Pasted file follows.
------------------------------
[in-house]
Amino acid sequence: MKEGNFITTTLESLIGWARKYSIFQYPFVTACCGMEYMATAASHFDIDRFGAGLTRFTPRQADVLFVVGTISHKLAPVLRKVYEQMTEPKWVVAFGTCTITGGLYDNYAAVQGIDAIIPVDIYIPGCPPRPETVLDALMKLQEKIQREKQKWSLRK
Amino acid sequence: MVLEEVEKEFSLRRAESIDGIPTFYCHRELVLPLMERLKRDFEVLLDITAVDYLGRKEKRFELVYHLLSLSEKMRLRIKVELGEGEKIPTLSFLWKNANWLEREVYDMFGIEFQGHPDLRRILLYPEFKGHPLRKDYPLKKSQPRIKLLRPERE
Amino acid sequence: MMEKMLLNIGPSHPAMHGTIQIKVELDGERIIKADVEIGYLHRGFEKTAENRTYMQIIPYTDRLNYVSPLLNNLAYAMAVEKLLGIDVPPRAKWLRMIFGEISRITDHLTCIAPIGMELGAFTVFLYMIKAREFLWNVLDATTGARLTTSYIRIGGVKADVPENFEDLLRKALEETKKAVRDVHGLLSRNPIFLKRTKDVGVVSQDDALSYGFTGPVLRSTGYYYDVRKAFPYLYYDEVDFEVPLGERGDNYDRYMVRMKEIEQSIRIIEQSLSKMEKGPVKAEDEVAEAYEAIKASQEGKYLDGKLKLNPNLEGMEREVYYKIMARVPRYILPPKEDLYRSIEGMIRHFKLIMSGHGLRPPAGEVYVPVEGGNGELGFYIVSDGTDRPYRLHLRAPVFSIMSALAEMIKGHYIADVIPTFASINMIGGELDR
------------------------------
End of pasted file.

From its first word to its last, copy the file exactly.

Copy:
[in-house]
Amino acid sequence: MKEGNFITTTLESLIGWARKYSIFQYPFVTACCGMEYMATAASHFDIDRFGAGLTRFTPRQADVLFVVGTISHKLAPVLRKVYEQMTEPKWVVAFGTCTITGGLYDNYAAVQGIDAIIPVDIYIPGCPPRPETVLDALMKLQEKIQREKQKWSLRK
Amino acid sequence: MVLEEVEKEFSLRRAESIDGIPTFYCHRELVLPLMERLKRDFEVLLDITAVDYLGRKEKRFELVYHLLSLSEKMRLRIKVELGEGEKIPTLSFLWKNANWLEREVYDMFGIEFQGHPDLRRILLYPEFKGHPLRKDYPLKKSQPRIKLLRPERE
Amino acid sequence: MMEKMLLNIGPSHPAMHGTIQIKVELDGERIIKADVEIGYLHRGFEKTAENRTYMQIIPYTDRLNYVSPLLNNLAYAMAVEKLLGIDVPPRAKWLRMIFGEISRITDHLTCIAPIGMELGAFTVFLYMIKAREFLWNVLDATTGARLTTSYIRIGGVKADVPENFEDLLRKALEETKKAVRDVHGLLSRNPIFLKRTKDVGVVSQDDALSYGFTGPVLRSTGYYYDVRKAFPYLYYDEVDFEVPLGERGDNYDRYMVRMKEIEQSIRIIEQSLSKMEKGPVKAEDEVAEAYEAIKASQEGKYLDGKLKLNPNLEGMEREVYYKIMARVPRYILPPKEDLYRSIEGMIRHFKLIMSGHGLRPPAGEVYVPVEGGNGELGFYIVSDGTDRPYRLHLRAPVFSIMSALAEMIKGHYIADVIPTFASINMIGGELDR